You may want to take a seat. The numbers are depressing.
There are over 337 million Arabs, 17 percent of which are currently using the internet. Only six million have access to broadband. Arabic content is even worse off, with one measly percent of all content online in Arabic, although it’s the world’s fifth most-spoken language. Take for example the volume of content generated on Wikipedia: there are under 125,000 articles in Arabic and over 700,000 articles in Polish, a language spoken by only 40 million people.
The culprit? Oh, the list is endless. From the high cost of bandwidth and equipment to inadequate telecommunication infrastructures, surfing the web is often a slow and expensive experience. Due to outdated education systems, digital illiteracy is rampant in the region, though the average rate of adult literacy is a much more problematic issue, standing at only 76 percent. The language barrier intimidates millions of people who are not even comfortable with their native language, let alone English, the predominant language of the web and technology. That’s not to mention censorship and internet monitoring, which tend to affect the popular use of the web.
Makes you sigh, doesn’t it? Fortunately, it is not all bad news.
According to the Arab Media Outlook, broadband usage in the region is expected to grow at a very healthy annual rate of 25 percent until 2013. Several countries are introducing initiatives to improve broadband quality, make internet access more affordable, and increase the amount of Arabic content online. Internet giants like Microsoft and Google are eying the region, placing Arabic in their top ten languages in need of prioritized attention. In Jordan in particular, the ICT sector is thriving, generating income representing approximately 12 percent of the country’s GDP, according to INT@J.
Due to this high growth potential, the Arab world has become a major part of what is being lauded the “biggest change to the way the internet works since it was created.”
On May 6, 2010, Arabic debuted as the first non-Latin script that supports top-level domains (TLD). The first domain name .misr, the Arabic word for Egypt, is spelled out in Arabic script. You can already visit http://موقع.وزارة-الأتصالات.مصر/, though it might not display correctly if your browser doesn’t have IDN (International Domain Name) support. Meanwhile, Saudi Arabia and the United Arab Emirates are the second and third countries to offer their countries’ names in a non-Latin script, obviously also in Arabic. Proposals for suffixes for Jordan, Qatar, Tunisia, and Palestine have received preliminary approval and should be activated by the end of the year.
“Right now internet address endings are limited to Latin characters–A to Z,” says Peter Dengate Thrush, the chairman of ICANN, the non-profit corporation responsible for managing the assignment of domain names and IP addresses). He continues, “This is the first step in bringing the 100,000 characters of the languages of the world online for domain names. Arabic is one of the most widely-used on the internet today.” While there is clear evidence that ICANN’s last statement is not true (as one percent of the internet content hardly seems “wide”), this is most definitely good news for the Arab world.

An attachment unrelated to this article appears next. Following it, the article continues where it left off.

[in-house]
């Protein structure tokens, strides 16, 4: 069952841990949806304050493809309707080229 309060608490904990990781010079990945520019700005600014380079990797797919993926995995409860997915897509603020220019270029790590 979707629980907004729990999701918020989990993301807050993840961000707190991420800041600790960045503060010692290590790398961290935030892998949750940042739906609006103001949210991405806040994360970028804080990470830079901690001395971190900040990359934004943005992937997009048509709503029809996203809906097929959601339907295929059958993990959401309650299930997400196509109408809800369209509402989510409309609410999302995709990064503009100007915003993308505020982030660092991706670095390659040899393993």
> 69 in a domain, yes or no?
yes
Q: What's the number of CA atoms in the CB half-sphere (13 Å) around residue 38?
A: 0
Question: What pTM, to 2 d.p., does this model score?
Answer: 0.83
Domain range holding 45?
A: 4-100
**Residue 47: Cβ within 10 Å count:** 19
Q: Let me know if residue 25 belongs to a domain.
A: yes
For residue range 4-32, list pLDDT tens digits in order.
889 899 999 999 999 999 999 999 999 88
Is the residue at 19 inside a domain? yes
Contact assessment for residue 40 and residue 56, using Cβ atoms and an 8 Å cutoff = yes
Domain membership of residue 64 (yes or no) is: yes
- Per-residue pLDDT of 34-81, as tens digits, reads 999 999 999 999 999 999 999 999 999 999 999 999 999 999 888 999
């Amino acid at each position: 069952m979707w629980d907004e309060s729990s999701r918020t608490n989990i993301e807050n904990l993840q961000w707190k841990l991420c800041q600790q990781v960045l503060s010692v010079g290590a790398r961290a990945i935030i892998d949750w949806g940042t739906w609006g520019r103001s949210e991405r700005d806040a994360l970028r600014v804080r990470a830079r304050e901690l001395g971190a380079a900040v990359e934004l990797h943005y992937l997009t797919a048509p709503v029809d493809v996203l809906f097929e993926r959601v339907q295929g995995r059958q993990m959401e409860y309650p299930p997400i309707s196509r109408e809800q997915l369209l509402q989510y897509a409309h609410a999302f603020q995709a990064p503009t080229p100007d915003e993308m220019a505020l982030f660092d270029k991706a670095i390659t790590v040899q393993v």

Arabic domains will open the internet to millions of Arabic speakers alienated by the language barrier. They will positively impact the image of the web in the Arab world, as our language is a very powerful and important part of our culture and identity. Many will also be pleased with the ability to express domains and emails in the Arabic language.
Meanwhile, Arab brands have the most to gain, as do international brands with strong presence in the region. Non-Latin domains can open whole new markets, as well as help with search engine optimization and consistency for brands that are currently sinking in waves of different transliterations.
While transliteration confusion might decrease, general confusion will probably become a much bigger issue. Imagine not being able to give your email address to your non-Arabic speaking client, whether he or she lives in Boston or in Amman. That very much defeats the purpose of the internet, which currently brings people together. It is definitely worrying that such “globalized” decisions may lead the World Wide Web to morph into a mess of localized “internets” based on scripts and languages. This decision also makes it easier for cybercriminals and cybersquatters to be, well, criminals and squatters. Powerful and valuable brand names like Al-Jazeera and Coca Cola should register the non-Latin counterparts of their websites as soon as possible, to get ahead of the curve and avoid problems with cybersquatters down the line.
The benefits somehow outweigh the drawbacks, especially since most of the latter are more functional issues, as opposed to conceptual. Time and improved information infrastructure will certainly help eliminate the impracticalities.
Yet, the real question remains: Will Arabic domain names increase internet usage in the Arab world as well as help in improving Arabic content?
I personally doubt it. The sad state of Arabic content online is not an issue of Latin web addresses. It’s an issue of cultural decline that has been plaguing our civilization for a very, very long time.
[Written by Roba Al-Assi. Originally published as “Hyperlink: Does the Internet Now Speak Arabic?” in Venture, July 2010]
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